Prisoner-columnist Faruq reviews the book “Specters of Revolt: On the Intellect of Insurrection and Philosophy from Below” by Richard Gilman-Opalsky.
It is a question of working out how to actualize for this moment the relationship of philosophy, spontaneity, organization. We look at concrete tasks.
Readers’ Views takes up: women’s liberation, youth in the battle, Blacks vs. racism, border cop thugs, Middle East struggles, and voices from behind bars.
Rememberances of a News and Letters Committees founder, Andy Phillips, coal miner, activist, writer, thinker.
We mourn the loss of a founding member of News and Letters Committees, who participated in the first national strike against automation in the coal mines and later co-wrote its history in “The Coal Miners’ General Strike of 1949-50 and the Birth of Marxist-Humanism in the U.S.”
Richard-Gilman Opalsky is a rare intellectual who recognizes revolt as a form of theory. Does his book “Specters of Revolt” grasp theory in a one-sided way and restrict the movement of negation of the negation? .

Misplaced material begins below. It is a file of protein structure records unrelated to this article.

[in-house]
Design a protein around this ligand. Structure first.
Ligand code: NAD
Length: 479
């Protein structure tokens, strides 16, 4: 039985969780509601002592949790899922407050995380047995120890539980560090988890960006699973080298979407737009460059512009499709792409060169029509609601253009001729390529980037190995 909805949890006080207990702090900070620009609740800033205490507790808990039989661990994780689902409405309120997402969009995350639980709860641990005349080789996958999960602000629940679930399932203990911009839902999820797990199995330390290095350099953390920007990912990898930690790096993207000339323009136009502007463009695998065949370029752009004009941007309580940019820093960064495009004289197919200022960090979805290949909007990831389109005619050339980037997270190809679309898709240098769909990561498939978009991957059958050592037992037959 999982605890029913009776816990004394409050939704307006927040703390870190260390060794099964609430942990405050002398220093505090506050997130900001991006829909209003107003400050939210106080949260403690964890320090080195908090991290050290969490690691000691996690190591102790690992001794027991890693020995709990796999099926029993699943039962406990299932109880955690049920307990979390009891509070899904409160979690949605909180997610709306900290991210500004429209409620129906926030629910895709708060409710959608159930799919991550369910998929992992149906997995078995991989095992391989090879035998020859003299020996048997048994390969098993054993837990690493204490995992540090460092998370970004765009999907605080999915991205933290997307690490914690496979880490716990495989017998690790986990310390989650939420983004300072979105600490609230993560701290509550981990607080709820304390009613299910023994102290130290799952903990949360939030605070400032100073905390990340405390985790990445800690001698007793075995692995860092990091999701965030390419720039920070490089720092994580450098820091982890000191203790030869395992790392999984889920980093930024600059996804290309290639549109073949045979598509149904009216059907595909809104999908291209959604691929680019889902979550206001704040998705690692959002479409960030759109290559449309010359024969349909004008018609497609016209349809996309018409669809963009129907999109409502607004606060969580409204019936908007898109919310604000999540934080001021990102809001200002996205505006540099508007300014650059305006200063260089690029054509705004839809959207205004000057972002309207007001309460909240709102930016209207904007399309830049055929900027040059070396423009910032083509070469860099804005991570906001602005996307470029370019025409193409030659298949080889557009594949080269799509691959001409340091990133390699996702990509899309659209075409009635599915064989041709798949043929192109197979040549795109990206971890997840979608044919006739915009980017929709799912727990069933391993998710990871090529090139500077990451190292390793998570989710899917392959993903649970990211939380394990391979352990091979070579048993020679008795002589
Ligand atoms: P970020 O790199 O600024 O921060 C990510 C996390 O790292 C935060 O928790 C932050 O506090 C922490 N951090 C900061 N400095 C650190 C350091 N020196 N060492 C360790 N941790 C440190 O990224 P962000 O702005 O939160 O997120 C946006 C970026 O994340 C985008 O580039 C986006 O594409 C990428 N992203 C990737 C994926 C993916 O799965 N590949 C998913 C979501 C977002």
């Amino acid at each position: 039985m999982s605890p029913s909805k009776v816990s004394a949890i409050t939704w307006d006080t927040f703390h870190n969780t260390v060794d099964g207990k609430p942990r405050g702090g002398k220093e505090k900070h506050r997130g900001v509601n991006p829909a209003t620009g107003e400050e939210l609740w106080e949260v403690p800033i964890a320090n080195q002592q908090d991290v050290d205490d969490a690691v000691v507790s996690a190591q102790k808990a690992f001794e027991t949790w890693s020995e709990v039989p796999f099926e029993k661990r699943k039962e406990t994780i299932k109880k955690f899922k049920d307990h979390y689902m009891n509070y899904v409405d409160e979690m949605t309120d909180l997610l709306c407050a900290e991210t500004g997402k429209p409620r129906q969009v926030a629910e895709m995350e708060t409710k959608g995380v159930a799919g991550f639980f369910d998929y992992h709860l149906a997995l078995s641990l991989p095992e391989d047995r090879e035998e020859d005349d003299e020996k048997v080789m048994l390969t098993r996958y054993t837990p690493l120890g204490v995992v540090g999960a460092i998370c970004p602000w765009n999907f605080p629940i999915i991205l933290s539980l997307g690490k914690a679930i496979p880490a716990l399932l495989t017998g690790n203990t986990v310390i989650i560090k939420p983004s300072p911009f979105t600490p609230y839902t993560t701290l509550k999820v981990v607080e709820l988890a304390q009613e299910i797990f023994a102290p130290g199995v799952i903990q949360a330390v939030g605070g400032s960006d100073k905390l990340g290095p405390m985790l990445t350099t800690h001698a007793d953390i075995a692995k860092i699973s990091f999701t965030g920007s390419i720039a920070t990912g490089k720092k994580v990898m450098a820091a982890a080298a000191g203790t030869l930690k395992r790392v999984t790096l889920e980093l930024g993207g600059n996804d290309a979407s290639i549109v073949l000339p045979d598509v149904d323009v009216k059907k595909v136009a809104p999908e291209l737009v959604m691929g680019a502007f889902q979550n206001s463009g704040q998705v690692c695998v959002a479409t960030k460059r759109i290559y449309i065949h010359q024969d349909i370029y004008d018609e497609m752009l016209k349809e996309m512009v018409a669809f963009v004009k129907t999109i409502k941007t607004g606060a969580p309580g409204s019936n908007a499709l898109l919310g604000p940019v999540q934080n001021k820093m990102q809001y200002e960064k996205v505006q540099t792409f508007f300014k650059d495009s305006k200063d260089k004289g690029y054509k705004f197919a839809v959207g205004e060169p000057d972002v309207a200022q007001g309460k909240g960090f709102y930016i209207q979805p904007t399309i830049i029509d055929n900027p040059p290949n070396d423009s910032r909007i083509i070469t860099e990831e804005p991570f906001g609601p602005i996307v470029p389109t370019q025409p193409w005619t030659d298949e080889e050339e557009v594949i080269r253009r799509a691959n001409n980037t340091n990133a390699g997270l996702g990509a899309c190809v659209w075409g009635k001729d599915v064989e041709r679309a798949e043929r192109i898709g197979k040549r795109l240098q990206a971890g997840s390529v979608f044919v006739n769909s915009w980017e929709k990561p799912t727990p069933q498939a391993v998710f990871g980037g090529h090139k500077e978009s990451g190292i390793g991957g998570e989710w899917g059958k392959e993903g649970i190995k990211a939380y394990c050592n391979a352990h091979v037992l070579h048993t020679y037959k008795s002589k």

West Virginia public school teachers carried out a general strike across the state beginning Feb 22, first striking for two days with union approval, then forcing the union to extend the strike for two more days until the governor offered a 5% raise.
Excerpts from the introduction to the new French edition of Charles Denby’s book “Indignant Heart: A Black Worker’s Journal.”
In celebration of International Women’s Day and Women’s History Month, we present excerpts from Dunayevskaya’s “Luxemburg as Feminist; Break with Jogiches.”
On Dec. 28, 2017, demonstrations broke out in the city of Mashhad, Iran, the first of many that swept across Iran for weeks. Women were a vital part of the events, including strikes as well as protests against veiling, drawing on a long radical history.
Women have changed the world through an incredible and sustained activism based on a humanism that runs like a revolutionary red thread through an amazing array of actions, demonstrations and statements. This development is based on over 50 years of a movement that the founder of Marxist-Humanism, Raya Dunayevskaya, characterized as “Woman as Revolutionary Force and Reason.” .